ASHAs and Anganwadi workers who protect the most vulnerable groups from ill health and malnutrition are angry over the raw deal meted out to them
They have been working tirelessly at the community level taking up door-to-door surveys and kicking up awareness campaigns. After the outbreak of the COVID-19 pandemic, they got busy in contact-tracing and making arrangements at quarantine or isolation centres where the COVID-infected persons were shifted to contain the virus.
This is in addition to their regular duties of accompanying pregnant women to health centres, keeping track of their immunisation, making home visits for new-born care and following up on their health progress.
The all-women brigades of Accredited Social Health Activists (ASHAs) and the Anganwadi Workers and Helpers, who protect the most vulnerable groups from ill health and malnutrition, are angry over the raw deal meted out to them and have resorted to a series of protests, demanding effective redressal to their immediate problems.
The State has around 42,000 ASHAs who have been playing a crucial role in decentralising health care and strengthening the primary health system. Their contribution to the increase in institutional deliveries, immunisations and decline in maternal and infant mortality cannot be disputed.
Better pay and job security
“We have been asking the government to regularise our services, an increased budget allocation to the National Health Mission (NHM) by the Centre, payment of the arrears of monthly ‘corona allowance’ of ₹1000 from January 2020 to June 2020, insurance cover to the workers who died of COVID-19 and implementation of welfare schemes for the fraternity,” says Dhana Lakshmi, general secretary of the AP ASHA Workers’ Union.
Retirement benefits, labour codes and immediate measures to stop forcible administration of covaxin to health activists are their other demands. Citing the demise of B. Vijayalakshmi, an ASHA worker from Penumaka village in Guntur district, who died recently in the Guntur General Hospital after she was vaccinated, Ms. Dhana Lakshmi says the government agreed to announce an ex-gratia of ₹50 lakh to the kin of the deceased, besides a job to her son and a house to the family only due to the pressure exerted by the union by staging a dharna in front of the hospital.
Payment of ₹50 lakh as insurance for ASHAs who died during COVID-19 duties, ₹1 lakh as retirement benefit and timely payment of salaries are among the benefits they are insisting on.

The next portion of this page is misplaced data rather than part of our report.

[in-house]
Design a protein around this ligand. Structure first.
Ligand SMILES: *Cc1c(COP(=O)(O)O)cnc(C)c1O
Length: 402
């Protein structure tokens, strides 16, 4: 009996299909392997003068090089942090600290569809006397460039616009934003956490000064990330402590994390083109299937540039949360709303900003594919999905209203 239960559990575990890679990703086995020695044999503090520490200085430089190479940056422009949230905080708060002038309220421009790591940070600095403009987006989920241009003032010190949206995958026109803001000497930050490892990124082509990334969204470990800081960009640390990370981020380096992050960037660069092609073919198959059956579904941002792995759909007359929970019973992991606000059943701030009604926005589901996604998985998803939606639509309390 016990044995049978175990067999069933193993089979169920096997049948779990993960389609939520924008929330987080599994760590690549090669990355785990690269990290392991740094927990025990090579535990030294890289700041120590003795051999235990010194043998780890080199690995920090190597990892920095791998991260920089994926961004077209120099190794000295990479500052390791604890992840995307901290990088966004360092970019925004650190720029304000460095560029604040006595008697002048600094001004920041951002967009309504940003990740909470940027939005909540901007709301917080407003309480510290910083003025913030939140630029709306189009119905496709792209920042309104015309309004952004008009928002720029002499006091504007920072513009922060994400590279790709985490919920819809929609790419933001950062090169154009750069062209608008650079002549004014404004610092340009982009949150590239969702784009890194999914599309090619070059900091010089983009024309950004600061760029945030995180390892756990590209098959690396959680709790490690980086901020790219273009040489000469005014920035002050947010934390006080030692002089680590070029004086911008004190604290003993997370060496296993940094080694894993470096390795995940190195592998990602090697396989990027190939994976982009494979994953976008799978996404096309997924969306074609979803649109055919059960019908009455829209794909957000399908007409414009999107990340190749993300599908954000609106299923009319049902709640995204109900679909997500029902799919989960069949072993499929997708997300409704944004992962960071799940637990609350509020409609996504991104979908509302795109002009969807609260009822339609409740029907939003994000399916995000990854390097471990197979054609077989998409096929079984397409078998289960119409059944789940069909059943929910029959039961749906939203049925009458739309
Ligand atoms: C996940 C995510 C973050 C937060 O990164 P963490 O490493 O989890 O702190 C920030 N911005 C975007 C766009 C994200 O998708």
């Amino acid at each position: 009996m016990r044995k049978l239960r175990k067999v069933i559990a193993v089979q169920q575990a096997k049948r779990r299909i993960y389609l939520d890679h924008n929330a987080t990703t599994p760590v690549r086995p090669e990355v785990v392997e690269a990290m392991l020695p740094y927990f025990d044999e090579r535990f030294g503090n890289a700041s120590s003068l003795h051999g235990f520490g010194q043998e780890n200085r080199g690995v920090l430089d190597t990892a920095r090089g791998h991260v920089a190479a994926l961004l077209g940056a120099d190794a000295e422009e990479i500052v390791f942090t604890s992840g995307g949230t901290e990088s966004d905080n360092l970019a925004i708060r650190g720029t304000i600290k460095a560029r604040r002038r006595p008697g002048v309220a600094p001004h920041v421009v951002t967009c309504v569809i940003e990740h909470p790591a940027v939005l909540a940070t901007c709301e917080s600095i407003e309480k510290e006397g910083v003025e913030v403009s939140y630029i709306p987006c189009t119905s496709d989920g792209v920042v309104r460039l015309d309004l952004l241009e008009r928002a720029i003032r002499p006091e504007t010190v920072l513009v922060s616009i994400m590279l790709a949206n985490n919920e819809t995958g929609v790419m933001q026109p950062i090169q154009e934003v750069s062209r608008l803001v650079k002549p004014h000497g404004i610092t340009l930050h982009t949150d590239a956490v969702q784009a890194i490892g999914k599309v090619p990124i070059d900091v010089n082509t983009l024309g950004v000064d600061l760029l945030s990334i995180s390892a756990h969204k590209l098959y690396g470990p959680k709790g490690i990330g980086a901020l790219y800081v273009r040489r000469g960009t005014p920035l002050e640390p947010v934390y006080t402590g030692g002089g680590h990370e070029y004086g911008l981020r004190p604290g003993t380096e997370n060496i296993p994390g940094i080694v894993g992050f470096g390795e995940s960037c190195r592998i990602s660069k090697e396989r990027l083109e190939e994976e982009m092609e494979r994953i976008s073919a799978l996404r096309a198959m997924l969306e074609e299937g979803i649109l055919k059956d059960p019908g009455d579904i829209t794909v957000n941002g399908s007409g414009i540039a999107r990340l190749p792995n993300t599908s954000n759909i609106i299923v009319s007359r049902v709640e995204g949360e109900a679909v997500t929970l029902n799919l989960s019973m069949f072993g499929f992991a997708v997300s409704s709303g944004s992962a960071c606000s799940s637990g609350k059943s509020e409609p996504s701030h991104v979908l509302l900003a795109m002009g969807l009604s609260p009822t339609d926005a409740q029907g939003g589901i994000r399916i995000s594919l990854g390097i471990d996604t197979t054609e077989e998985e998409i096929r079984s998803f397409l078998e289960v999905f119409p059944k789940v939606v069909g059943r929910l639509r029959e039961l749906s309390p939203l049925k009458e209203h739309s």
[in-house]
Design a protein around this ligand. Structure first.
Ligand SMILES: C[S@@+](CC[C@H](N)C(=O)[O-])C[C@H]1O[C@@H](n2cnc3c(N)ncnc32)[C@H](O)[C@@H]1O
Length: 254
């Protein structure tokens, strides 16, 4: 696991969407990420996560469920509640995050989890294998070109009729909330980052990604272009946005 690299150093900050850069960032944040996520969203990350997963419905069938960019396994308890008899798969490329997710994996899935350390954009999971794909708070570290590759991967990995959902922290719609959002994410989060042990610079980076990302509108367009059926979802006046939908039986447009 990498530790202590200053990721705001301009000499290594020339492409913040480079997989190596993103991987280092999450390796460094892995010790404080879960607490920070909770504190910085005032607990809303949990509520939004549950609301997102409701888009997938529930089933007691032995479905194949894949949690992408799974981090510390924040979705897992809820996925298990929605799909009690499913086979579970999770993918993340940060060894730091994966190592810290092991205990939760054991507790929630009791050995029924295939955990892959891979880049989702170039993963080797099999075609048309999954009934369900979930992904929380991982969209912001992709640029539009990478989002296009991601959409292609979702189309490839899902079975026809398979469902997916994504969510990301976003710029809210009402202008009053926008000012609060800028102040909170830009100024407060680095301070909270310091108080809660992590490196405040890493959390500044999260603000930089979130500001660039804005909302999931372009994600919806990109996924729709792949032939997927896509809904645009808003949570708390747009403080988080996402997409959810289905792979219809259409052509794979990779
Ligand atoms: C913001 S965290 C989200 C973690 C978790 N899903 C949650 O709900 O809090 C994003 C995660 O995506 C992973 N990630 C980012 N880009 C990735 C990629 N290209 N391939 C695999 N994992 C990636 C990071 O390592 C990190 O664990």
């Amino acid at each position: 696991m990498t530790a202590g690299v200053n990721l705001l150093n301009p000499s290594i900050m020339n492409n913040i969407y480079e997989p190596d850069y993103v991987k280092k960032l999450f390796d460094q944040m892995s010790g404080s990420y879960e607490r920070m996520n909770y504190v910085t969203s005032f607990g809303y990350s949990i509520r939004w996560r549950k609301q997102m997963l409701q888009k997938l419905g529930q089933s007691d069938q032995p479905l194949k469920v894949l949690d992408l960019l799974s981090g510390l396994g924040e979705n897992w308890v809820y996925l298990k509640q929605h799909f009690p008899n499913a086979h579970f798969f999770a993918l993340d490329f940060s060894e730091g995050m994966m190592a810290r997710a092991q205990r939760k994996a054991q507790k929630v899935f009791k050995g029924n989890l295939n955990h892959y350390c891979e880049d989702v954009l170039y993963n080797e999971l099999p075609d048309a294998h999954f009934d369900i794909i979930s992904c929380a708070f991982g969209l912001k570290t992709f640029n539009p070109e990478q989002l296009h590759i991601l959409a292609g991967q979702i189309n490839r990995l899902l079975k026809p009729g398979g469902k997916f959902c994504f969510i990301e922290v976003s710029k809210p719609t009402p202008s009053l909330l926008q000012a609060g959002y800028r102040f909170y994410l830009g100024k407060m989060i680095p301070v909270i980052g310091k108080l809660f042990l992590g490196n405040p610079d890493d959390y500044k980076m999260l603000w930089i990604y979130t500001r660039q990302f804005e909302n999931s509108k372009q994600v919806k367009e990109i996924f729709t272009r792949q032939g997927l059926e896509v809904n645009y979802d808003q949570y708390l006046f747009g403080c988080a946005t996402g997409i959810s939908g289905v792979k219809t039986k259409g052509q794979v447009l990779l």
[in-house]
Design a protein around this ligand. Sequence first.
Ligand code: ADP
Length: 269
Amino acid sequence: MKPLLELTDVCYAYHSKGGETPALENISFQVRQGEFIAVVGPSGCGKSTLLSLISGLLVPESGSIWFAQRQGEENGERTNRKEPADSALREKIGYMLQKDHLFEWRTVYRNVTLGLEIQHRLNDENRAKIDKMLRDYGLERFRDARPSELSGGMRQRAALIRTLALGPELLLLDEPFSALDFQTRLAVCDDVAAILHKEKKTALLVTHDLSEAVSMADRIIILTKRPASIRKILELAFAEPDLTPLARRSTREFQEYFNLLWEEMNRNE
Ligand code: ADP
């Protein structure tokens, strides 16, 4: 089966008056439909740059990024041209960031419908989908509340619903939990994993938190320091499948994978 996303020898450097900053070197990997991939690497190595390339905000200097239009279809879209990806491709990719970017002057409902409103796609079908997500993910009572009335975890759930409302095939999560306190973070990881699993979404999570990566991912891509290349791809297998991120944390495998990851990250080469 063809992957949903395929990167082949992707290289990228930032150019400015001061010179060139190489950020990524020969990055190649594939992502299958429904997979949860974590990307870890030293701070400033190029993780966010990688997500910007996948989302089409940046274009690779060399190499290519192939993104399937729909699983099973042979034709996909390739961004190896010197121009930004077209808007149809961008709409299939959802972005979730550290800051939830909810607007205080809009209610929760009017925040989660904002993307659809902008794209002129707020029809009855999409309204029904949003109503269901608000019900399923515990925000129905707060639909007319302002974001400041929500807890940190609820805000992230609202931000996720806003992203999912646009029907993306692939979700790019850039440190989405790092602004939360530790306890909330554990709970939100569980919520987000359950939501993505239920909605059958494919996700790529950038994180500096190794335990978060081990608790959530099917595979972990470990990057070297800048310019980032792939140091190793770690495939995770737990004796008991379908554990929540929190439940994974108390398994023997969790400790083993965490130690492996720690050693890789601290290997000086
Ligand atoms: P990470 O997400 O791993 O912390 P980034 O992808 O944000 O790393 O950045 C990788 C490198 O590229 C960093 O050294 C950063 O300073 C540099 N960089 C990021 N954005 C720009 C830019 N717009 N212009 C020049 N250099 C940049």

Increased workload is yet another factor troubling the fraternity. “One ASHA has been attached with each of the ward and village secretariats with a population between 2,500 and 8,000. This is against the NHM guidelines which say that one ASHA be attached to every 1,000 people,” she points out. Absence of job security, leave facility, insurance cover, Provident Fund and Employees State Insurance facilities are other issues compounding their woes.
The plight of the Anganwadi Workers and Helpers is more or less the same. Like ASHAs, they also play an essential role taking up the responsibility for nutrition services including distribution of supplementary nutrition, growth monitoring and nutrition counselling along with providing pre-school education to children below six years of age.
“We are the first point of address for any health-related issues faced by the poorer sections, as we involve with the primary health care, especially of women and children of the poor and deprived, and yet we don’t get the recognition we deserve,” rues K. Subbaravamma, State general secretary of AP Anganwadi Workers and Helpers’ Association.
A functionary of the Integrated Child Development Scheme (ICDS), the Anganwadi Worker is supported by a part-time assistant, Anganwadi Helper. “With a depleted budget allocated to the ICDSs, the schemes that once thrived have lost steam,” says Ms. Subbaravamma indicating severe fund crunch affecting their daily functioning.
They work for an honorarium which is far from adequate. “We want to be recognised as government employees with minimum wages,” she says.